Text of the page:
How criminals think

John Lanchester

  • Love and Death on Long Island by Gilbert Adair
    Heinemann, 138 pp, £10.95, July 1990, ISBN 0 434 00622 X
  • Going wrong by Ruth Rendell
    Hutchinson, 250 pp, £12.99, September 1990, ISBN 0 09 174300 1
  • The Burden of Proof by Scott Turow
    Bloomsbury, 515 pp, £13.99, August 1990, ISBN 0 7475 0673 6
  • Crucible of Fools by M.S. Power
    Hamish Hamilton, 165 pp, £12.99, August 1990, ISBN 0 241 13006 9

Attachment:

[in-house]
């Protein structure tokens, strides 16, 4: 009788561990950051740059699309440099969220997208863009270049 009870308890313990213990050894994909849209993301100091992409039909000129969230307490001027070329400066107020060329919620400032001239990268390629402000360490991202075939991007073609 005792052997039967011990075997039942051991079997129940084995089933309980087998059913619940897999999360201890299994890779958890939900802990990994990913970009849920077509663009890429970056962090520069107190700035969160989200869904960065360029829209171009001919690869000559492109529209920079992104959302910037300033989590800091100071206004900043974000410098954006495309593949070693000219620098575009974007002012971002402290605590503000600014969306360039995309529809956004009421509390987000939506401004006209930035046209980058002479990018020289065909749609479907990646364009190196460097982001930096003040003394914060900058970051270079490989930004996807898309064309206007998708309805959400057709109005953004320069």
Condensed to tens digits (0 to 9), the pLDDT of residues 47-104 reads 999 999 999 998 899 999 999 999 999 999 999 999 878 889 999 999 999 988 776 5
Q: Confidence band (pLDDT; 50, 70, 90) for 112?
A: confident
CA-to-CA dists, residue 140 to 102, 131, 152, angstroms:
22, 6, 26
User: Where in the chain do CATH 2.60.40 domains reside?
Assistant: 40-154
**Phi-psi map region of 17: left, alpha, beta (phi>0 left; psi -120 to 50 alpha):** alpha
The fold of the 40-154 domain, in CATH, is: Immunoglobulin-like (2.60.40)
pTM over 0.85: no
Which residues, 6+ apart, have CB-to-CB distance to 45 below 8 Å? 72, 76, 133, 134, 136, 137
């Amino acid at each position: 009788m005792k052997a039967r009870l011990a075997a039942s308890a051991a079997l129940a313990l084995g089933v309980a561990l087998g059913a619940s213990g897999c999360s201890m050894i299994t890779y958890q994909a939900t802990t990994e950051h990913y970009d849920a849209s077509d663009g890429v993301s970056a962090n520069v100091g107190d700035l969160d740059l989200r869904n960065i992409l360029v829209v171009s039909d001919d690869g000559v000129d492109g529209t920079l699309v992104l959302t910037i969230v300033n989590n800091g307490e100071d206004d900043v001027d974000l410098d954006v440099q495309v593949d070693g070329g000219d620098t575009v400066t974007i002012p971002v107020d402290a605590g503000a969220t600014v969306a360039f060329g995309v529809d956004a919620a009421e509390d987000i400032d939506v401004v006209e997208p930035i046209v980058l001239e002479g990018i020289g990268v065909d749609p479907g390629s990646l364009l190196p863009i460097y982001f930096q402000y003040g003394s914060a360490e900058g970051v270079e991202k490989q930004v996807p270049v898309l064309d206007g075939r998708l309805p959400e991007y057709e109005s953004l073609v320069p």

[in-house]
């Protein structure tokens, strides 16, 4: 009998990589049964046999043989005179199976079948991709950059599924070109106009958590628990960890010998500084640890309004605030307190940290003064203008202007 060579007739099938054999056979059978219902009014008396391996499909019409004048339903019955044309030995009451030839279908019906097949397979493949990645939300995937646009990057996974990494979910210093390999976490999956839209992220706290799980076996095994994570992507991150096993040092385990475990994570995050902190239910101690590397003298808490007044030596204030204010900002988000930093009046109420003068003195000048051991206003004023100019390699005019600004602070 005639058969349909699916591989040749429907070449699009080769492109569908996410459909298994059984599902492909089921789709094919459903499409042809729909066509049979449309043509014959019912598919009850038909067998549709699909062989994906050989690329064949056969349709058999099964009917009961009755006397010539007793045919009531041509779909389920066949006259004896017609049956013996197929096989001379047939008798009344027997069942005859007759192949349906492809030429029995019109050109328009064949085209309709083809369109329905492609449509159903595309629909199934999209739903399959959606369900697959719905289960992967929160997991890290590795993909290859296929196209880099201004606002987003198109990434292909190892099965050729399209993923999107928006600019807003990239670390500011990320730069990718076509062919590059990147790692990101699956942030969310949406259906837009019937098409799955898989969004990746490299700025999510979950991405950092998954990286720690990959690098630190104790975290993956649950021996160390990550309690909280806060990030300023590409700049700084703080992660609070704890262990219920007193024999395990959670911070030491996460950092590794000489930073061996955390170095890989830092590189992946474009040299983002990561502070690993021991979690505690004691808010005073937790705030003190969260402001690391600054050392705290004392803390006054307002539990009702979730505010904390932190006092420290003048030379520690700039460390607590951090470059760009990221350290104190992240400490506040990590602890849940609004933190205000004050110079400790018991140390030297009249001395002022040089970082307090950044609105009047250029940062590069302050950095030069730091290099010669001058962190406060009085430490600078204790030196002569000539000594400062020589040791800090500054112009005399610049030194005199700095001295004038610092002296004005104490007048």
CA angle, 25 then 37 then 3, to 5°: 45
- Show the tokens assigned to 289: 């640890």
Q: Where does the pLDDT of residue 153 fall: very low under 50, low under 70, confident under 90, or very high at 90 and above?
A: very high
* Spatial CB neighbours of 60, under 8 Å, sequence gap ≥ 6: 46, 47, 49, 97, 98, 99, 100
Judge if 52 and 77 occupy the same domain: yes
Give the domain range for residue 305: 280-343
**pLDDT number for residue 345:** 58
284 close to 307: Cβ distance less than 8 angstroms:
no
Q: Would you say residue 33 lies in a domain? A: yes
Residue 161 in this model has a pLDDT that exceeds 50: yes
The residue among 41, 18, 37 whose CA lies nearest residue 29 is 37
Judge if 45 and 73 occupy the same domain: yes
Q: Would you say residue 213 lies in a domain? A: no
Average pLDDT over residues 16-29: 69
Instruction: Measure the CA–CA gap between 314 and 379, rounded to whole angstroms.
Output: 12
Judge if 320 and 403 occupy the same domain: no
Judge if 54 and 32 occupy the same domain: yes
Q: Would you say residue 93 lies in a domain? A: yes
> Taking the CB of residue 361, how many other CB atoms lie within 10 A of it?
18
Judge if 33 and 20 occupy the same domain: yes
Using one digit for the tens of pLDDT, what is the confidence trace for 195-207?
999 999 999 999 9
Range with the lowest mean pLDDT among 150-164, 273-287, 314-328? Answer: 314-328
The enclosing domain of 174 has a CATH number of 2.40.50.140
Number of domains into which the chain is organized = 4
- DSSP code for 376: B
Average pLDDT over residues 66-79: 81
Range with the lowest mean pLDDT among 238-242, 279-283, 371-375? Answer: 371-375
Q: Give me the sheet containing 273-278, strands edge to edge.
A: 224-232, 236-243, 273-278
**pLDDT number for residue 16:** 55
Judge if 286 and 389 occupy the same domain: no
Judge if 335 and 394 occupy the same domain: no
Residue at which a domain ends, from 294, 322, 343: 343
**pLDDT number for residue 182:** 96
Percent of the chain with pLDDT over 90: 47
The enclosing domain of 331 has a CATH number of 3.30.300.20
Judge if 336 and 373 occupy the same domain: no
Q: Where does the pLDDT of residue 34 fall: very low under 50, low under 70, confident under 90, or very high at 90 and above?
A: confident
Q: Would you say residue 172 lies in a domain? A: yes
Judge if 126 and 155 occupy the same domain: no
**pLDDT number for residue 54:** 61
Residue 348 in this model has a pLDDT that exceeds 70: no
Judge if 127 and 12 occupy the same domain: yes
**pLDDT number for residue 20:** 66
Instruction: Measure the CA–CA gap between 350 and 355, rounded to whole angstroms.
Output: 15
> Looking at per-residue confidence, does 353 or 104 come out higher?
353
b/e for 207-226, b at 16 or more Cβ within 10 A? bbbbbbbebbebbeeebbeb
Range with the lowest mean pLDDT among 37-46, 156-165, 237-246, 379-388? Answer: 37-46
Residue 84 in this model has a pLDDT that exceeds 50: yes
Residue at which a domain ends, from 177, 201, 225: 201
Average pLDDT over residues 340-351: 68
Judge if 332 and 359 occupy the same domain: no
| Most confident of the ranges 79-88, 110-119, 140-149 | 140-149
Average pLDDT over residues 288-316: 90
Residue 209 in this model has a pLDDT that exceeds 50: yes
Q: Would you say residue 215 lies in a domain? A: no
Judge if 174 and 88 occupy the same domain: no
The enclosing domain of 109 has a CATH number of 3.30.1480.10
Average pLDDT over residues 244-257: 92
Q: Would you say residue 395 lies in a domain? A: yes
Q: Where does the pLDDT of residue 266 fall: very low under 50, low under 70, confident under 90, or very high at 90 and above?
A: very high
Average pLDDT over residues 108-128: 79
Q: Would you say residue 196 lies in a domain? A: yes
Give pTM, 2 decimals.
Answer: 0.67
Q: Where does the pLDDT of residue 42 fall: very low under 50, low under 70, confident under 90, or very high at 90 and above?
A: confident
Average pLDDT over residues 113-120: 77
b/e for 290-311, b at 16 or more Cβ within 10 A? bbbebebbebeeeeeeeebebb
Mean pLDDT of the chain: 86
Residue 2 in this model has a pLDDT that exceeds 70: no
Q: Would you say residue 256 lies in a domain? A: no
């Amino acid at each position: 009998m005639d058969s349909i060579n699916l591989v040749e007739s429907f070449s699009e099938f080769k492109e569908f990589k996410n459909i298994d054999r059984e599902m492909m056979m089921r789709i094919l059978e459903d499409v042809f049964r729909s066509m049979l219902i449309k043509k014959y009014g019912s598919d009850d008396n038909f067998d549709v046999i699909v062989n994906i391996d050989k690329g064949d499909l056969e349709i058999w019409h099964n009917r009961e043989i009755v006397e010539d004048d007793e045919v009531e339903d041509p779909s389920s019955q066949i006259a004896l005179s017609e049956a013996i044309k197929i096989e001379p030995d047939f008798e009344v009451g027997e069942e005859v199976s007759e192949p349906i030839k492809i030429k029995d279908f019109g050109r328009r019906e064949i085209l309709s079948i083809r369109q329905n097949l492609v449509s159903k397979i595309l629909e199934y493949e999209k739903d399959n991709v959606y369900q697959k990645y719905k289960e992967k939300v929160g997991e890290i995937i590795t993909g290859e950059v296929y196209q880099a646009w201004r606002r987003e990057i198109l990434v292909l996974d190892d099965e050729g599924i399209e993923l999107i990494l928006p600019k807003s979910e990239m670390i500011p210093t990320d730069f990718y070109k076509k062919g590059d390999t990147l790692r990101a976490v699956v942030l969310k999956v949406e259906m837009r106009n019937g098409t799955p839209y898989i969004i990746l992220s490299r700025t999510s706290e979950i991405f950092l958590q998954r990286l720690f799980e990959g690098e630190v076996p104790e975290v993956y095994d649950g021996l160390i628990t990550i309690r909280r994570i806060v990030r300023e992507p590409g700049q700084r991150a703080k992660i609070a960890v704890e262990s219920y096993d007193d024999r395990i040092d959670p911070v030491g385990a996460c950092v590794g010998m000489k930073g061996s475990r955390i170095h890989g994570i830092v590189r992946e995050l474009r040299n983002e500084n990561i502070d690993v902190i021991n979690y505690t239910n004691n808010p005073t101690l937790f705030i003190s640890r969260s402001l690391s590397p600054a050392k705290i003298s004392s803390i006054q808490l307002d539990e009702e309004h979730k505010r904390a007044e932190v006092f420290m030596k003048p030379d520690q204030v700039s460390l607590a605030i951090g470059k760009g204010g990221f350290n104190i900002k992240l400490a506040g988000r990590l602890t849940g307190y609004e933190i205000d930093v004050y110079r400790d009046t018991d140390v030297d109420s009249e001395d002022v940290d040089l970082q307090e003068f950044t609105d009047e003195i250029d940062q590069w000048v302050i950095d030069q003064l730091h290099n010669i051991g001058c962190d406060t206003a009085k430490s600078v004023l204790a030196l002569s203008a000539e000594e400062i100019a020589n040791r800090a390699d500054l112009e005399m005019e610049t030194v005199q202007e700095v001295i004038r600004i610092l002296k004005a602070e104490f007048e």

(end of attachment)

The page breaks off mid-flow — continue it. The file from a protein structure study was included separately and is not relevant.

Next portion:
In his now-famous article ‘The Cultural Logic of Late Capitalism’, the Marxist critic Fredric Jameson gives one of the defining characteristics of Post-Modernism as being ‘the effacement of the older (essentially high-modernist) frontier between high culture and the so-called mass or commercial culture’. This effacement of frontiers, which has often taken parodic form (the soup cans of Andy Warhol, the deliberate kitsch of architects like Philip Venturi, author of the feisty manifesto Learning from Las Vegas) is now itself parodied in Gilbert Adair’s funny and accomplished second novel. The narrator of Love and Death on Long Island is the Hampstead-inhabiting author of four novels more popular in France than in this country, as well as of ‘a history of angels’. As the novel opens his work is starting to recover from two decades of neglect, and he is awaiting the publication of his second non-fiction book, a discussion of Post-Modernism called The Gentrification of the Void.

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